Zimbabwe's President Robert Mugabe has appointed an eight-member committee to review the country's controversial land-reform program, launched in 2000.
Establishing the Land Review Committee, President Mugabe said it will assess progress made during the country's 'fast track' land reform program. The president said the committee of prominent Zimbabweans will provide a comprehensive review of the program, and will propose any changes it believes are necessary.
The president said the committee will outline the challenges and constraints facing the program, administrative and substantive problems.
Only one of the committee members is known as a government opponent.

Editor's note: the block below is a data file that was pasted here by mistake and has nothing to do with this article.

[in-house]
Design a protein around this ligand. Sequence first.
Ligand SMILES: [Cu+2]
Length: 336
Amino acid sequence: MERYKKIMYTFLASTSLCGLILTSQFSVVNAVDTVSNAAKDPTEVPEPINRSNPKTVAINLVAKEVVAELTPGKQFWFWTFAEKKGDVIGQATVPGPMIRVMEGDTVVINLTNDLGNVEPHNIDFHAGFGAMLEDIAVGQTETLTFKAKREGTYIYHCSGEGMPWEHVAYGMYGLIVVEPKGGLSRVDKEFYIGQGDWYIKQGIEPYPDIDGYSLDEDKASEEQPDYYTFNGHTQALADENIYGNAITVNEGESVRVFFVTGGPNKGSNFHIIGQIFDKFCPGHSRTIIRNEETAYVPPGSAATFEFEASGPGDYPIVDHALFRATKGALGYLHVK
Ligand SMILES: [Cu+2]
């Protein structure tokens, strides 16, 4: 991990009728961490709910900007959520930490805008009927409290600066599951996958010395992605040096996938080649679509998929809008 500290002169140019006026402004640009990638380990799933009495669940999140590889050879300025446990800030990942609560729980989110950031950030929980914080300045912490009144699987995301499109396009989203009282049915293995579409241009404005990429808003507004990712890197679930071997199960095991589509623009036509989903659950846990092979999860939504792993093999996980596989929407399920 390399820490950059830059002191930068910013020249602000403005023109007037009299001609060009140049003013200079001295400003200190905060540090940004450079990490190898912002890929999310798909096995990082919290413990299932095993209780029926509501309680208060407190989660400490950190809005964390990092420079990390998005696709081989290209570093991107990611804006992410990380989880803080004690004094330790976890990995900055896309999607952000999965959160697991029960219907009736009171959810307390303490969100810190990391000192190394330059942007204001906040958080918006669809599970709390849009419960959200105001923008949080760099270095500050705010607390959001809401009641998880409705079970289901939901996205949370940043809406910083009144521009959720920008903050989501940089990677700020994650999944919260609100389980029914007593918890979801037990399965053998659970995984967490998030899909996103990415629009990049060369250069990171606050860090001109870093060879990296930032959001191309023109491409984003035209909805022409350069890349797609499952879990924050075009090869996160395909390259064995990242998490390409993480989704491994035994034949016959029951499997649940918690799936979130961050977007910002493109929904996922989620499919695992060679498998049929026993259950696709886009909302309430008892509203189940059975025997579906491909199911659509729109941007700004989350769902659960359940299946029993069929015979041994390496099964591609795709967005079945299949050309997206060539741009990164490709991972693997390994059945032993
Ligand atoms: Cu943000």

Under Zimbabwe's land reform program, white commercial farmers lost their land to landless blacks. Experts have blamed the sometimes-violent implementation of the program for making the country's food situation worse, after two years of drought.
Many of the blacks who were given farms were government supporters with no agricultural experience and no money to operate the farms. Before this year's harvest, close to eight million of the country's 11 million people needed food aid.
President Mugabe announced his intention to set up the committee at his party's annual conference last December. At the time, the president admitted that some aspects of the land reform program have not gone well. But he remains committed to continuing the program.
The committee is expected to present its findings to the president in two months.